Abuelita Faith – Kat Armas

Abuelita Faith Kat Armas
Abuelita Faith: What Women on the Margins Teach Us about Wisdom, Persistence, and Strength by Kat Armas
Also by this author: Sacred Belonging: A 40-Day Devotional on the Liberating Heart of Scripture
Published by Brazos Press on August 10, 2021
Genres: Non-Fiction, Christian Life
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What if some of our greatest theologians wouldn't be considered theologians at all?
Kat Armas, a second-generation Cuban American, grew up on the outskirts of Miami's famed Little Havana neighborhood. Her earliest theological formation came from her grandmother, her abuelita, who fled Cuba during the height of political unrest and raised three children alone after her husband passed away. Combining personal storytelling with biblical reflection, Armas shows us how voices on the margins--those often dismissed, isolated, and oppressed because of their gender, socioeconomic status, or lack of education--have more to teach us about following God than we realize.
Abuelita Faith tells the story of unnamed and overlooked theologians in society and in the Bible--mothers, grandmothers, sisters, and daughters--whose survival, strength, resistance, and persistence teach us the true power of faith and love. The author's exploration of abuelita theology will help people of all cultural and ethnic backgrounds reflect on the abuelitas in their lives and ministries and on ways they can live out abuelita faith every day.

I am a white, male American pastor. When I consider my academic training—B.S. in Religion, M.A. in Theological Studies, D.Min. in Ministerial Leadership—and reflect on my professors, they are almost exclusively also white, also male, also American. And that means I have a perspective problem. A lot of what I’ve learned about faith has been spearheaded by people who have almost exclusive come from my exact background. When I graduated seminary with my Masters, I went to work at a primarily Chinese church as their English pastor. That’s when I first grasped how limited my perspective had been and how I needed to purposefully seek out teachers and voices different from mine to expand my understanding of faith. Abuelita Faith is, for me, a part of that expansion.

Kat Armas writes a scholar, as a woman, and as a Cuban. Her premise is not just “Look, Brown women can also become as intellectually astute as white men,” though that alone would be a paradigm-altering shift that challenges the patriarchalism and racism insipient within American theological structures (White evangelicalism, in particular). Instead, her premise is that faith in God is expressed just as fully in an Abuelita Faith—a faith that is “real, raw outworking” of belief that is transformative within Latine religious culture. While Armas writes within her particular ethnic context, she is also cognizant of Black, indigenous, and other cultures who share the stories of strong, godly women who embody and pass on a love for God despite a lack of formal training or recognition.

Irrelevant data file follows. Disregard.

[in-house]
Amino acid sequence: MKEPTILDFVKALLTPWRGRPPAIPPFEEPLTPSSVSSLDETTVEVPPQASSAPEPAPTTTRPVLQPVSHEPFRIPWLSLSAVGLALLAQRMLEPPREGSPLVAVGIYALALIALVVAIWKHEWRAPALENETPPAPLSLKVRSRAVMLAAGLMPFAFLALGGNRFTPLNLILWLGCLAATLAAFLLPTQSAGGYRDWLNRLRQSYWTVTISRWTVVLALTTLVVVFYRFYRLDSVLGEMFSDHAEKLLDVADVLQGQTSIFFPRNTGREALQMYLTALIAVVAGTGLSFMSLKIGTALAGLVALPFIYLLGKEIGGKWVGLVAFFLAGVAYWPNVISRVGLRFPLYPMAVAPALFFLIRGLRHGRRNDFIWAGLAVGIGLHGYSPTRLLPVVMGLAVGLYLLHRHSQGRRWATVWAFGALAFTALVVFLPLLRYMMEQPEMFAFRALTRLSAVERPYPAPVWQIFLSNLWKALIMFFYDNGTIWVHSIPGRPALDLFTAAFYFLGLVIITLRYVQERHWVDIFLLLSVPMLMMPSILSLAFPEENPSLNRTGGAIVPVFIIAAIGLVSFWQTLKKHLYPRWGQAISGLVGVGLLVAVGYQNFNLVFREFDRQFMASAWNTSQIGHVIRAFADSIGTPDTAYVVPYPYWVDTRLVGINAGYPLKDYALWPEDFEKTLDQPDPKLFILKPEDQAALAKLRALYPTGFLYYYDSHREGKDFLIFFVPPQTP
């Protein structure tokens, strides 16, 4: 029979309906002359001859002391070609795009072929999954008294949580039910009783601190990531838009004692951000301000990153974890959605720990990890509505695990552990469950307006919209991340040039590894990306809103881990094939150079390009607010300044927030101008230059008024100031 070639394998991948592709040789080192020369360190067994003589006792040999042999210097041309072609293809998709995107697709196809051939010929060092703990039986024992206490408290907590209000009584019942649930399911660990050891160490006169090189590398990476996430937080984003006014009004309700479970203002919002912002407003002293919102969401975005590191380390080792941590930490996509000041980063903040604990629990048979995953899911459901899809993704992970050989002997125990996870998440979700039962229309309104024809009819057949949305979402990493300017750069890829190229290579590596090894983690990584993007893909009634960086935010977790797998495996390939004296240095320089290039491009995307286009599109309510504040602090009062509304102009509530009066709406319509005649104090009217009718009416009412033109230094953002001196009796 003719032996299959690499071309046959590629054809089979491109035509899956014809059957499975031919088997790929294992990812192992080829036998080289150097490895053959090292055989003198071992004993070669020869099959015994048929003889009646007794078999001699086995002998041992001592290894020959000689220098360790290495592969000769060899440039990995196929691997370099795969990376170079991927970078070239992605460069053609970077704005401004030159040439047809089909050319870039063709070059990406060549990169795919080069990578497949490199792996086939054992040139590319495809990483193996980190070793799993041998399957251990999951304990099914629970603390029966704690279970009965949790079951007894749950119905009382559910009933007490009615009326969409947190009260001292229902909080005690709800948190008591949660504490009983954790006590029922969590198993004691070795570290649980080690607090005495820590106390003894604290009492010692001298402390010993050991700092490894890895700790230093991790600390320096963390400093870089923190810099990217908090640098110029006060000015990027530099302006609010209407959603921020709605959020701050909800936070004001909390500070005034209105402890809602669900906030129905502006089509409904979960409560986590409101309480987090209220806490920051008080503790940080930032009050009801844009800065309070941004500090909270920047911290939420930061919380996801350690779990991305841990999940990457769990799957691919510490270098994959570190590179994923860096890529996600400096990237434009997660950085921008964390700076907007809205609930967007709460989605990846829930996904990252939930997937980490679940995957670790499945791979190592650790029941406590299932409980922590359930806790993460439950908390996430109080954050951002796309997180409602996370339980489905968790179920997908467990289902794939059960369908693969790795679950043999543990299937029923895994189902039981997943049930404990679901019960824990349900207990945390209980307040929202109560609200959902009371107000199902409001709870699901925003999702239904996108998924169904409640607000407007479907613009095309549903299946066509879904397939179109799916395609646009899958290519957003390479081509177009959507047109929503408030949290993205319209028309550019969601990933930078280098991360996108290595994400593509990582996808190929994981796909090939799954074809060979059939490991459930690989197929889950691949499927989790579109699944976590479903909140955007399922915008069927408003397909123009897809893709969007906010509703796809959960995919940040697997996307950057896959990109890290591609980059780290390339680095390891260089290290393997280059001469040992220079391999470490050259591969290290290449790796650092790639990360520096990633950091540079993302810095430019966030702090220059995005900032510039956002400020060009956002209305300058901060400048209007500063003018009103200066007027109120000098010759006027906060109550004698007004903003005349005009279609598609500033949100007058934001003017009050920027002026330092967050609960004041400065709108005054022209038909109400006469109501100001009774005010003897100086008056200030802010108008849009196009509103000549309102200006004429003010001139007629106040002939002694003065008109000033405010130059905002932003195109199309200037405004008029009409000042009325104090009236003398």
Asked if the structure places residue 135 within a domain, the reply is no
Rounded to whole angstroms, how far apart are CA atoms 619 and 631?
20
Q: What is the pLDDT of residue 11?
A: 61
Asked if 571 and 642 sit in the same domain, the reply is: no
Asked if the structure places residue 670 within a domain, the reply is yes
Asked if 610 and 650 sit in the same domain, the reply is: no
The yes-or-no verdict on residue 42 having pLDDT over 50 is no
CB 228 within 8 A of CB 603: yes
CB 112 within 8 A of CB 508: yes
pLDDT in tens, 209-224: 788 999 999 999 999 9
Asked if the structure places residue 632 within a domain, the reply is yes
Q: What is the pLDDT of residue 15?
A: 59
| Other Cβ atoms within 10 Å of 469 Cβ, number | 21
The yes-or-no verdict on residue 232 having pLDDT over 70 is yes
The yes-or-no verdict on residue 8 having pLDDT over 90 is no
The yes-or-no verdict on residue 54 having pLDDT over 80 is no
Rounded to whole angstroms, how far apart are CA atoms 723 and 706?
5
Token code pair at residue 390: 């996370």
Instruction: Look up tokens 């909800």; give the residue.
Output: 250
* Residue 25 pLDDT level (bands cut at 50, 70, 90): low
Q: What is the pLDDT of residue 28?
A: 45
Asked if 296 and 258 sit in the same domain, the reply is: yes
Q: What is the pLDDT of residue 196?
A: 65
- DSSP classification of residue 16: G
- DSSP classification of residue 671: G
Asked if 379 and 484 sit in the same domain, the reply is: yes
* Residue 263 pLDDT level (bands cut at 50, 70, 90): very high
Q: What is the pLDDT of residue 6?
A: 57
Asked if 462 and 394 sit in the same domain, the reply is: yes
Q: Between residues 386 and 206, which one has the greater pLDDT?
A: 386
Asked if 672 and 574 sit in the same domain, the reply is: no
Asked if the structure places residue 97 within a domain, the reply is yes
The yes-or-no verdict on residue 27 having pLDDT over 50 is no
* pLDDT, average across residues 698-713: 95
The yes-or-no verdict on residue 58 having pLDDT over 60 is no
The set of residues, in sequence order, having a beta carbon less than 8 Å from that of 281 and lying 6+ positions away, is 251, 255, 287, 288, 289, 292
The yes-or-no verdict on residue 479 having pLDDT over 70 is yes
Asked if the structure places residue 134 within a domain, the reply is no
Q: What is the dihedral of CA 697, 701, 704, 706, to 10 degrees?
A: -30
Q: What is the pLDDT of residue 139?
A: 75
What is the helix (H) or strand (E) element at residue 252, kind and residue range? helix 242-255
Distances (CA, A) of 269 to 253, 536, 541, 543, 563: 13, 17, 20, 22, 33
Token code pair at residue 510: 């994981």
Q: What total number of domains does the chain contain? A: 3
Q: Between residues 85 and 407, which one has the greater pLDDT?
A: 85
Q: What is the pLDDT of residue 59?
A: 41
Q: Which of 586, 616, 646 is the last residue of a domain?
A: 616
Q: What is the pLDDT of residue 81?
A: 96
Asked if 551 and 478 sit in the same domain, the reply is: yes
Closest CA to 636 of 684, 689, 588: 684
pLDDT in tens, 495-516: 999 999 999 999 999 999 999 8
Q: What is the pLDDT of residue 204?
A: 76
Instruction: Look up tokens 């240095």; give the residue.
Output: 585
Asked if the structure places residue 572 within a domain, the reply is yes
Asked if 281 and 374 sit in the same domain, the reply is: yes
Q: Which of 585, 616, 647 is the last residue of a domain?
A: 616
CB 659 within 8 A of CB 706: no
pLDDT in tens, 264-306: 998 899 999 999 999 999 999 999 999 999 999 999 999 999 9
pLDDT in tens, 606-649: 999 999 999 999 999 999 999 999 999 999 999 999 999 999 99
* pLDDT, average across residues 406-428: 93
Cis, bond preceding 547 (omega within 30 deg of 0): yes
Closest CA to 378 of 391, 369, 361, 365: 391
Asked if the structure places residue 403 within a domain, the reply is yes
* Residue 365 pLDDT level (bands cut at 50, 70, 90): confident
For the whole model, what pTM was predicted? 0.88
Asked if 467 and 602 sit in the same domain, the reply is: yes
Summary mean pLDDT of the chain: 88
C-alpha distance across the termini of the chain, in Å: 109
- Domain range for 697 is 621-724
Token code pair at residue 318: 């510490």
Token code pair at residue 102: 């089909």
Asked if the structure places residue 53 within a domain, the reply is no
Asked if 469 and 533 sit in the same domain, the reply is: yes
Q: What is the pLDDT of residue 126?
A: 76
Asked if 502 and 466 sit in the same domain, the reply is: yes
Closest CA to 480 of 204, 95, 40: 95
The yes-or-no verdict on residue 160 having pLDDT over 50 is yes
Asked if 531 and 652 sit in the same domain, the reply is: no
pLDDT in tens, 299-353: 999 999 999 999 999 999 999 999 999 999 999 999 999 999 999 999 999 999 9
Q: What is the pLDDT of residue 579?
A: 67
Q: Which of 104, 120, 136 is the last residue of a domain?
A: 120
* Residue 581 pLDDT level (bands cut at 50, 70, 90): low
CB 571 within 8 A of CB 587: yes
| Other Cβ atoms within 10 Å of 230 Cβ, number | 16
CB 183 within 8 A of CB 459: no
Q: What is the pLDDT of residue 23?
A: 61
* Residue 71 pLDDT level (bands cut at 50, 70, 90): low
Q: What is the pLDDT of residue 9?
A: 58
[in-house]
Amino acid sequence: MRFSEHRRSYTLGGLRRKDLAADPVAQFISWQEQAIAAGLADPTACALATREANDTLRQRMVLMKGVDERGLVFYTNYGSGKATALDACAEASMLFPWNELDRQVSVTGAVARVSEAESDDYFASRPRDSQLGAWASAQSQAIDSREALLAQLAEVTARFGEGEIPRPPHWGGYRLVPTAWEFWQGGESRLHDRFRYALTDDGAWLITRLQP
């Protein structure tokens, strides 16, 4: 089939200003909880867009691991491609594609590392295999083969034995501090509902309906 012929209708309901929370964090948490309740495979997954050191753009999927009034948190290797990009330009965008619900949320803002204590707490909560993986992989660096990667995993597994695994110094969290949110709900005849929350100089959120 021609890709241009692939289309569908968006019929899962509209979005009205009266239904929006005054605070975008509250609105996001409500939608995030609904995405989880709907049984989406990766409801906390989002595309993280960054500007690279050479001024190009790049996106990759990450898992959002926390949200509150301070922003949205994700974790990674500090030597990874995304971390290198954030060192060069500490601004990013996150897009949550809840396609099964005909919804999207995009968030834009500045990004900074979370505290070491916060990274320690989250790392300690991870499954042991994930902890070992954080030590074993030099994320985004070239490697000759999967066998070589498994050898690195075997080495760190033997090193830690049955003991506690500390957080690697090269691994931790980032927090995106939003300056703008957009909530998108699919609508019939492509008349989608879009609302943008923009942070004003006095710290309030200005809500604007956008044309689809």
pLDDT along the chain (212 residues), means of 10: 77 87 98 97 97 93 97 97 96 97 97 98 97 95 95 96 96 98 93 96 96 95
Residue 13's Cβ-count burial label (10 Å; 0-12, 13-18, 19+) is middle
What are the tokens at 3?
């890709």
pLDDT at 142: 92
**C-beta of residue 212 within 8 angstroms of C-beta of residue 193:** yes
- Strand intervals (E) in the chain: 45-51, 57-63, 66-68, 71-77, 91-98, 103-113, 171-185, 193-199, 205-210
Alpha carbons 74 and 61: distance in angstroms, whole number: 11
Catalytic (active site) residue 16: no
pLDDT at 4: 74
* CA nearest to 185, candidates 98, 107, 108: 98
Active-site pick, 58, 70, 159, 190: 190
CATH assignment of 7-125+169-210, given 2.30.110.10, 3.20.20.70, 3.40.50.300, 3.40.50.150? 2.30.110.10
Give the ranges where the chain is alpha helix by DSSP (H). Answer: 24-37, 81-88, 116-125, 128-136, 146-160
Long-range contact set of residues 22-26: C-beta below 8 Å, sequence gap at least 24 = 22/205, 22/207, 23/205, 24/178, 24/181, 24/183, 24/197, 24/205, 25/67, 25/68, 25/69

Armas expertly weaves personal experience with Biblical narrative and cultural perspective to create a work that is both grounded in Biblical truth but seen through a decolonizing lens. The opening chapter, “Abuelita Theology” develops the robust, academic background that serves as the book’s foundation. Abuelita Faith draws out some of the lesser-known women of the Bible and centers their stories to reveal them for the theologians and faith leaders they were. For example, in a chapter on protest and justice, she tells the story of Rizpah while interweaving storylines of contemporary and historical social justice campaigns. It’s a captivating narrative that shows the long history of faithful women speaking truth to power.

For some, like myself, Abuelita Faith is a needed perspective shift. Armas helps me grasp faith in a way my education failed me, offering me the lived experiences and perspectives of those different than me and showcasing the richness and beauty of their faith. For others, this book is a revealing. It is recognition. Armas didn’t write this book to educate white people like me. Nor should she have. She wrote it to celebrate the all-too-often uncelebrated faithfulness of marginalized women and lift them up as examples of wisdom, persistence, and strength. Abuelita Faith turns the spotlight to where millions of faithful women have labored through trials and tribulations to serve God and imbue faith into the next generation. It is a God-honoring, Abuelita-honoring work that invites readers into the margins to find a living, thriving, growing faith.